This study was designed to follow up patient compliance by detection of antituberculous drugs in urine during the course of treatment. It was conducted in the Outpatient Clinic of Pediatric Infectious Diseases, Sisli Etfal Hospital (Istanbul, Turkey). In total, 45 children with pulmonary tuberculosis participated. Patients were seen twice in the first month and once a month thereafter during the 6-month course of treatment. The second urine of the day was collected at each visit. Urine was tested for isoniazid (INH), rifampicin (RIF), and pyrazinamide (PZA). In the presence of these drugs or their metabolites, the addition of certain chemicals caused a color change in the urine. On day 15 of treatment, urine tested positive for INH in 82% of patients, for RIF in 67%, and for PZA in 73%. At the end of the second month, the ratio of adherence was 96, 89, and 96% for each drug, respectively. All patients were found to be adherent at months 5 and 6. We recommend detection of antituberculous drugs in urine to assess compliance to treatment. Once the defaulting patients were identified, adherence was improved by repeatedly providing patient education throughout the treatment.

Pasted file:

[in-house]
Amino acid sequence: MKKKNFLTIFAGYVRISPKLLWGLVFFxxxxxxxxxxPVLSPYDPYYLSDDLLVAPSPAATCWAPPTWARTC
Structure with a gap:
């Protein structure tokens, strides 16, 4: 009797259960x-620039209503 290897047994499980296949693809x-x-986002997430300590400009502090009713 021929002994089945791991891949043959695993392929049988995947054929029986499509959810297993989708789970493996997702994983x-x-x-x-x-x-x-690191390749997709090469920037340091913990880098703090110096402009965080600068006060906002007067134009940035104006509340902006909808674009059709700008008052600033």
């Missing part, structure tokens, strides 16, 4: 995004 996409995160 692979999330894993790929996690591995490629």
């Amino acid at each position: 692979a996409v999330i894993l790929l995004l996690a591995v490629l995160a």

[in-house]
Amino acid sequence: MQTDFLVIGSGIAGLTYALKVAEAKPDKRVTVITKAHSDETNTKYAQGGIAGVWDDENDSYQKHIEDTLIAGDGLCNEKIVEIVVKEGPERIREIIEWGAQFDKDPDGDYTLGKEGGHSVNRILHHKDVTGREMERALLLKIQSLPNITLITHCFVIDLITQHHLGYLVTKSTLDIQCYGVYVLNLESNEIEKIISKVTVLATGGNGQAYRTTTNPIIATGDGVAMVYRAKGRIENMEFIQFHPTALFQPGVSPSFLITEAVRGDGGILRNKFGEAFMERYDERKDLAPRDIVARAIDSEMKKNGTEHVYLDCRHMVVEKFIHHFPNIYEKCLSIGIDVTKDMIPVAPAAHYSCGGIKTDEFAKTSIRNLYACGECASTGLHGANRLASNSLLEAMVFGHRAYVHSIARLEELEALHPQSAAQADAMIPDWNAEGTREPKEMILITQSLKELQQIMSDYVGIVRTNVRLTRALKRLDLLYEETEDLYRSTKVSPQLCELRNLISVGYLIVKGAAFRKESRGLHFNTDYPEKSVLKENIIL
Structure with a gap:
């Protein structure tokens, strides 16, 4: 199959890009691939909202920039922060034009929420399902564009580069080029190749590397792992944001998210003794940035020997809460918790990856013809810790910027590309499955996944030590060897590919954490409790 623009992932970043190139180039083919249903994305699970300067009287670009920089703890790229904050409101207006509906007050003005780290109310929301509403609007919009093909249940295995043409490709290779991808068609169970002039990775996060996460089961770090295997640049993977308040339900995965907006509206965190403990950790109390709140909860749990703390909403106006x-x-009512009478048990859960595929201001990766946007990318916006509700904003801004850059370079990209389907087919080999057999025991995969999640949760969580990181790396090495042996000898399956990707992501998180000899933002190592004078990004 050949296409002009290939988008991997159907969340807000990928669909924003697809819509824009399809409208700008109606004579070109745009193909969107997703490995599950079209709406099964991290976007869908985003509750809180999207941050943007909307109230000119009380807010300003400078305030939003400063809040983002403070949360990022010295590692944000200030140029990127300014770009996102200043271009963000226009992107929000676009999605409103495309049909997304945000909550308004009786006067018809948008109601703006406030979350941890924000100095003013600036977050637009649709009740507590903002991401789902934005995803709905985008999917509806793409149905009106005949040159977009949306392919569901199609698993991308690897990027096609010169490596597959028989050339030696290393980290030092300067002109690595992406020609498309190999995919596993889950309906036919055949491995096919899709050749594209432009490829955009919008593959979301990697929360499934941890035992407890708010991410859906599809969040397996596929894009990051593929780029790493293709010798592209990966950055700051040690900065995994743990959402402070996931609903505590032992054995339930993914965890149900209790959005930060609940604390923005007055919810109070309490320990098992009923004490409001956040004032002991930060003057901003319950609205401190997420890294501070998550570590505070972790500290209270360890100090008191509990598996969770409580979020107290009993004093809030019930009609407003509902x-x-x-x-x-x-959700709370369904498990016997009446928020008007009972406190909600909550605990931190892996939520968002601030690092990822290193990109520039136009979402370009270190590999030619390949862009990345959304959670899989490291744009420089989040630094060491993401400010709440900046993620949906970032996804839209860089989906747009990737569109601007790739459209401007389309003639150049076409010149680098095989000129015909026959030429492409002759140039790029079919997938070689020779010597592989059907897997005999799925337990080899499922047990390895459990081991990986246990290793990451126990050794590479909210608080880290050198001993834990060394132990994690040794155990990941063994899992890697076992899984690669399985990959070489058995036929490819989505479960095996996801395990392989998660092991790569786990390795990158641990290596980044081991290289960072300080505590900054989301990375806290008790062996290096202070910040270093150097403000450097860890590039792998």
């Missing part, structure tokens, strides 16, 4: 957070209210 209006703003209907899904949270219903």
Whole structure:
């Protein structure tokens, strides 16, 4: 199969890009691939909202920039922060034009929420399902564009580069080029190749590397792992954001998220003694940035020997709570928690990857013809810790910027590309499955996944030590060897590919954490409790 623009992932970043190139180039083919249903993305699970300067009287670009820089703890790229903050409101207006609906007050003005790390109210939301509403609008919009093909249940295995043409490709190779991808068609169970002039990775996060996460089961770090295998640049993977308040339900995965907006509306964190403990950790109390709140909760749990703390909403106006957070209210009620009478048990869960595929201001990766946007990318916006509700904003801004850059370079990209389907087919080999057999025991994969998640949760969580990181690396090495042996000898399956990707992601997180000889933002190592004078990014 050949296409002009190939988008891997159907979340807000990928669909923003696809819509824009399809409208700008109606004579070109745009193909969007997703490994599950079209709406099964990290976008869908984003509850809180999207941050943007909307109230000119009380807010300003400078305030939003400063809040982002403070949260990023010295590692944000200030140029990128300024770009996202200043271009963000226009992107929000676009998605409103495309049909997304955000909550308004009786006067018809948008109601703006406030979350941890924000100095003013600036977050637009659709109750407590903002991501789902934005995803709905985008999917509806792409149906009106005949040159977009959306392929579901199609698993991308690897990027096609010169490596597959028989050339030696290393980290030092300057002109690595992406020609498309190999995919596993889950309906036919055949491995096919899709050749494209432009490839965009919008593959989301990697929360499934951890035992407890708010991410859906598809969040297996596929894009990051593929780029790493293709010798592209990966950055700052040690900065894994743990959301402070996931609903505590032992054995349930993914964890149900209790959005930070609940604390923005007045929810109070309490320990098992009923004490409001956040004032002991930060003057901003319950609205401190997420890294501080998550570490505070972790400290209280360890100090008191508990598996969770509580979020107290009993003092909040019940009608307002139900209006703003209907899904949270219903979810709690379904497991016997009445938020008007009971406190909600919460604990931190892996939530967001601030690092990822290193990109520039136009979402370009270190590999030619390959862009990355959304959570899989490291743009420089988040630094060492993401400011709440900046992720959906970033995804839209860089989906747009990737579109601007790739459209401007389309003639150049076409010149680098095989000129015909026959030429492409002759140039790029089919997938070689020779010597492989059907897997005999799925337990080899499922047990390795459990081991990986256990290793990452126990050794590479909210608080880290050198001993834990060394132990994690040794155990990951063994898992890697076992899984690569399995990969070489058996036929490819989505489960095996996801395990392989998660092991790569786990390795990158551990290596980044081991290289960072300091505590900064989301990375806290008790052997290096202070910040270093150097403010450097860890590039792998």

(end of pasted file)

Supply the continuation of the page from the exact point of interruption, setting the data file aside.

Copyright 2003 Wiley-Liss, Inc.